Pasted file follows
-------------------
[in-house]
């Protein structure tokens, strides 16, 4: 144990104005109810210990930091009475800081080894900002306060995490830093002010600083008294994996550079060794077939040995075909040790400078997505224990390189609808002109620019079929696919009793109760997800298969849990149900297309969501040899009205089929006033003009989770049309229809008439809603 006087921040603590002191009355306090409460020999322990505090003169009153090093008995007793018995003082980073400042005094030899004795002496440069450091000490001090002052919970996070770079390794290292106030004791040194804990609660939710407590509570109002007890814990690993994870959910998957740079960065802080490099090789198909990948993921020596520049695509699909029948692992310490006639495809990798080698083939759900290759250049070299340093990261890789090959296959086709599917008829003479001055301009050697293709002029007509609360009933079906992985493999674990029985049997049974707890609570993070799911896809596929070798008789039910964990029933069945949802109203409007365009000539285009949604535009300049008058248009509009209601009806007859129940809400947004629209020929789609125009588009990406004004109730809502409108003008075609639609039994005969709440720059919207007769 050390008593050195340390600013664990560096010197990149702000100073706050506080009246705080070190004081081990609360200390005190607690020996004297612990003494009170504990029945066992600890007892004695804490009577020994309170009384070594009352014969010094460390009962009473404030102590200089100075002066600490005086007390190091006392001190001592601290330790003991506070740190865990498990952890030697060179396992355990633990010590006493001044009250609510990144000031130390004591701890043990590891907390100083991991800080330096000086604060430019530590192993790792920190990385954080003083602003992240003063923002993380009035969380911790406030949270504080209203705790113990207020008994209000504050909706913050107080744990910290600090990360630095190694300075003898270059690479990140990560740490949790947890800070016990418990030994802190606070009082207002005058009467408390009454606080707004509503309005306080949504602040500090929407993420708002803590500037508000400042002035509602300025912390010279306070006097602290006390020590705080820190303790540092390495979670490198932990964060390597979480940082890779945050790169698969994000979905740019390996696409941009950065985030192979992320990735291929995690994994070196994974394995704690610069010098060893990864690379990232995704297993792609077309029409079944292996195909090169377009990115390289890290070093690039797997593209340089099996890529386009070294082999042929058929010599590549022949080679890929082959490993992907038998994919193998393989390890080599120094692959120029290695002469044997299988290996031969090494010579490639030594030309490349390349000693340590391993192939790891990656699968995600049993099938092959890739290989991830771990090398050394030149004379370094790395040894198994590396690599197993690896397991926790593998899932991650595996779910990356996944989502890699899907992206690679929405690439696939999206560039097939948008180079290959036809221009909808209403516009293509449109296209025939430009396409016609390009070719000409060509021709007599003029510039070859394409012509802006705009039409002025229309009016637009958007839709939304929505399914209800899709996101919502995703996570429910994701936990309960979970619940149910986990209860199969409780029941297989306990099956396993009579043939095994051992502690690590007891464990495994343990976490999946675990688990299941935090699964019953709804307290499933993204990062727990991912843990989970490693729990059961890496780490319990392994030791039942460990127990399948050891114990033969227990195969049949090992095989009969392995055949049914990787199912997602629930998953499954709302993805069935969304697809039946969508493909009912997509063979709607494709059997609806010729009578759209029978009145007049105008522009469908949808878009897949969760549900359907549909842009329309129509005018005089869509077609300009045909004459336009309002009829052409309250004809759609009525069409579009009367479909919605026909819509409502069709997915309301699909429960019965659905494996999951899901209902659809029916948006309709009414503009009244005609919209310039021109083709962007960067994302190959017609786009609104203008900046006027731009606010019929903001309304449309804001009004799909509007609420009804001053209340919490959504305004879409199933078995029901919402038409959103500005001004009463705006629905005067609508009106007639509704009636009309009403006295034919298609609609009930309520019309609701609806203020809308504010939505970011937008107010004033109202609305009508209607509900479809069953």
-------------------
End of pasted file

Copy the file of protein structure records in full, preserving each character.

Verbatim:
[in-house]
């Protein structure tokens, strides 16, 4: 144990104005109810210990930091009475800081080894900002306060995490830093002010600083008294994996550079060794077939040995075909040790400078997505224990390189609808002109620019079929696919009793109760997800298969849990149900297309969501040899009205089929006033003009989770049309229809008439809603 006087921040603590002191009355306090409460020999322990505090003169009153090093008995007793018995003082980073400042005094030899004795002496440069450091000490001090002052919970996070770079390794290292106030004791040194804990609660939710407590509570109002007890814990690993994870959910998957740079960065802080490099090789198909990948993921020596520049695509699909029948692992310490006639495809990798080698083939759900290759250049070299340093990261890789090959296959086709599917008829003479001055301009050697293709002029007509609360009933079906992985493999674990029985049997049974707890609570993070799911896809596929070798008789039910964990029933069945949802109203409007365009000539285009949604535009300049008058248009509009209601009806007859129940809400947004629209020929789609125009588009990406004004109730809502409108003008075609639609039994005969709440720059919207007769 050390008593050195340390600013664990560096010197990149702000100073706050506080009246705080070190004081081990609360200390005190607690020996004297612990003494009170504990029945066992600890007892004695804490009577020994309170009384070594009352014969010094460390009962009473404030102590200089100075002066600490005086007390190091006392001190001592601290330790003991506070740190865990498990952890030697060179396992355990633990010590006493001044009250609510990144000031130390004591701890043990590891907390100083991991800080330096000086604060430019530590192993790792920190990385954080003083602003992240003063923002993380009035969380911790406030949270504080209203705790113990207020008994209000504050909706913050107080744990910290600090990360630095190694300075003898270059690479990140990560740490949790947890800070016990418990030994802190606070009082207002005058009467408390009454606080707004509503309005306080949504602040500090929407993420708002803590500037508000400042002035509602300025912390010279306070006097602290006390020590705080820190303790540092390495979670490198932990964060390597979480940082890779945050790169698969994000979905740019390996696409941009950065985030192979992320990735291929995690994994070196994974394995704690610069010098060893990864690379990232995704297993792609077309029409079944292996195909090169377009990115390289890290070093690039797997593209340089099996890529386009070294082999042929058929010599590549022949080679890929082959490993992907038998994919193998393989390890080599120094692959120029290695002469044997299988290996031969090494010579490639030594030309490349390349000693340590391993192939790891990656699968995600049993099938092959890739290989991830771990090398050394030149004379370094790395040894198994590396690599197993690896397991926790593998899932991650595996779910990356996944989502890699899907992206690679929405690439696939999206560039097939948008180079290959036809221009909808209403516009293509449109296209025939430009396409016609390009070719000409060509021709007599003029510039070859394409012509802006705009039409002025229309009016637009958007839709939304929505399914209800899709996101919502995703996570429910994701936990309960979970619940149910986990209860199969409780029941297989306990099956396993009579043939095994051992502690690590007891464990495994343990976490999946675990688990299941935090699964019953709804307290499933993204990062727990991912843990989970490693729990059961890496780490319990392994030791039942460990127990399948050891114990033969227990195969049949090992095989009969392995055949049914990787199912997602629930998953499954709302993805069935969304697809039946969508493909009912997509063979709607494709059997609806010729009578759209029978009145007049105008522009469908949808878009897949969760549900359907549909842009329309129509005018005089869509077609300009045909004459336009309002009829052409309250004809759609009525069409579009009367479909919605026909819509409502069709997915309301699909429960019965659905494996999951899901209902659809029916948006309709009414503009009244005609919209310039021109083709962007960067994302190959017609786009609104203008900046006027731009606010019929903001309304449309804001009004799909509007609420009804001053209340919490959504305004879409199933078995029901919402038409959103500005001004009463705006629905005067609508009106007639509704009636009309009403006295034919298609609609009930309520019309609701609806203020809308504010939505970011937008107010004033109202609305009508209607509900479809069953």